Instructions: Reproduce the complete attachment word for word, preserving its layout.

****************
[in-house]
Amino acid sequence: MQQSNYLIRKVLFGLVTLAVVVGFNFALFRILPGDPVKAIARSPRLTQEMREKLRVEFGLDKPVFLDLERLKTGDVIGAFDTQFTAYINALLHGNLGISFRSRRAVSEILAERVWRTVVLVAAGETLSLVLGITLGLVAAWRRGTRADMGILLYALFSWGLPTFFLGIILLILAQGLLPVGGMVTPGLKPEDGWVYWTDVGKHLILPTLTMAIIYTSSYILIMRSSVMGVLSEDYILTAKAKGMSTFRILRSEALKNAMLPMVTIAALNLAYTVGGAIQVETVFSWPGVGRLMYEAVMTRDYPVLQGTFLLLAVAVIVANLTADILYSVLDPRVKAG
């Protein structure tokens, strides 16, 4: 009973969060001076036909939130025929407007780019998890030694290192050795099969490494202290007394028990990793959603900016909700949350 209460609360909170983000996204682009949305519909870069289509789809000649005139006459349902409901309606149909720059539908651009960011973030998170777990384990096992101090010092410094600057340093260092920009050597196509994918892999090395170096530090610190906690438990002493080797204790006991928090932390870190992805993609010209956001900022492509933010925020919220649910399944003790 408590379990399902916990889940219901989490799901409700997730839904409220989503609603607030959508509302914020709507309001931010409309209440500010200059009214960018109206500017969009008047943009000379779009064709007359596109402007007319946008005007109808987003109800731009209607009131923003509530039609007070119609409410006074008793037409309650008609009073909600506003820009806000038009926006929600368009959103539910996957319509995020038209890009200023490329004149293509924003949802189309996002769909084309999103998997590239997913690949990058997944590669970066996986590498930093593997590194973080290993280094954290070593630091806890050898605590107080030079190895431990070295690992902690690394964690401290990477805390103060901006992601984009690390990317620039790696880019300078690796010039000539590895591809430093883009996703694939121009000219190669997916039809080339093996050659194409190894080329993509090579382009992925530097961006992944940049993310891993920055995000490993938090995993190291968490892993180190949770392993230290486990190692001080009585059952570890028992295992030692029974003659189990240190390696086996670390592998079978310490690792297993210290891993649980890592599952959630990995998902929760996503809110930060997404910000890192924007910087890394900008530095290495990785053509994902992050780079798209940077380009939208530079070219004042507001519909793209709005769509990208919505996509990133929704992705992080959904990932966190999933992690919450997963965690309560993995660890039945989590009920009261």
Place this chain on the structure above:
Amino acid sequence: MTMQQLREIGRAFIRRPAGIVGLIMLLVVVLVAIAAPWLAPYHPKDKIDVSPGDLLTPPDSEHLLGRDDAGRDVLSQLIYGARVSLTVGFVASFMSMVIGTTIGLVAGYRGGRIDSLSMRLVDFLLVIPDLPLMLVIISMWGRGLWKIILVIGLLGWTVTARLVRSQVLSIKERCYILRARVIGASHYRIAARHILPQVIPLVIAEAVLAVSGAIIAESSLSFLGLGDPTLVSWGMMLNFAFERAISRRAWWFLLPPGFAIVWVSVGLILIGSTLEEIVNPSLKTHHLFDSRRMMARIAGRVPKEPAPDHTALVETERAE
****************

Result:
[in-house]
Amino acid sequence: MQQSNYLIRKVLFGLVTLAVVVGFNFALFRILPGDPVKAIARSPRLTQEMREKLRVEFGLDKPVFLDLERLKTGDVIGAFDTQFTAYINALLHGNLGISFRSRRAVSEILAERVWRTVVLVAAGETLSLVLGITLGLVAAWRRGTRADMGILLYALFSWGLPTFFLGIILLILAQGLLPVGGMVTPGLKPEDGWVYWTDVGKHLILPTLTMAIIYTSSYILIMRSSVMGVLSEDYILTAKAKGMSTFRILRSEALKNAMLPMVTIAALNLAYTVGGAIQVETVFSWPGVGRLMYEAVMTRDYPVLQGTFLLLAVAVIVANLTADILYSVLDPRVKAG
């Protein structure tokens, strides 16, 4: 009973969060001076036909939130025929407007780019998890030694290192050795099969490494202290007394028990990793959603900016909700949350 209460609360909170983000996204682009949305519909870069289509789809000649005139006459349902409901309606149909720059539908651009960011973030998170777990384990096992101090010092410094600057340093260092920009050597196509994918892999090395170096530090610190906690438990002493080797204790006991928090932390870190992805993609010209956001900022492509933010925020919220649910399944003790 408590379990399902916990889940219901989490799901409700997730839904409220989503609603607030959508509302914020709507309001931010409309209440500010200059009214960018109206500017969009008047943009000379779009064709007359596109402007007319946008005007109808987003109800731009209607009131923003509530039609007070119609409410006074008793037409309650008609009073909600506003820009806000038009926006929600368009959103539910996957319509995020038209890009200023490329004149293509924003949802189309996002769909084309999103998997590239997913690949990058997944590669970066996986590498930093593997590194973080290993280094954290070593630091806890050898605590107080030079190895431990070295690992902690690394964690401290990477805390103060901006992601984009690390990317620039790696880019300078690796010039000539590895591809430093883009996703694939121009000219190669997916039809080339093996050659194409190894080329993509090579382009992925530097961006992944940049993310891993920055995000490993938090995993190291968490892993180190949770392993230290486990190692001080009585059952570890028992295992030692029974003659189990240190390696086996670390592998079978310490690792297993210290891993649980890592599952959630990995998902929760996503809110930060997404910000890192924007910087890394900008530095290495990785053509994902992050780079798209940077380009939208530079070219004042507001519909793209709005769509990208919505996509990133929704992705992080959904990932966190999933992690919450997963965690309560993995660890039945989590009920009261």
Place this chain on the structure above:
Amino acid sequence: MTMQQLREIGRAFIRRPAGIVGLIMLLVVVLVAIAAPWLAPYHPKDKIDVSPGDLLTPPDSEHLLGRDDAGRDVLSQLIYGARVSLTVGFVASFMSMVIGTTIGLVAGYRGGRIDSLSMRLVDFLLVIPDLPLMLVIISMWGRGLWKIILVIGLLGWTVTARLVRSQVLSIKERCYILRARVIGASHYRIAARHILPQVIPLVIAEAVLAVSGAIIAESSLSFLGLGDPTLVSWGMMLNFAFERAISRRAWWFLLPPGFAIVWVSVGLILIGSTLEEIVNPSLKTHHLFDSRRMMARIAGRVPKEPAPDHTALVETERAE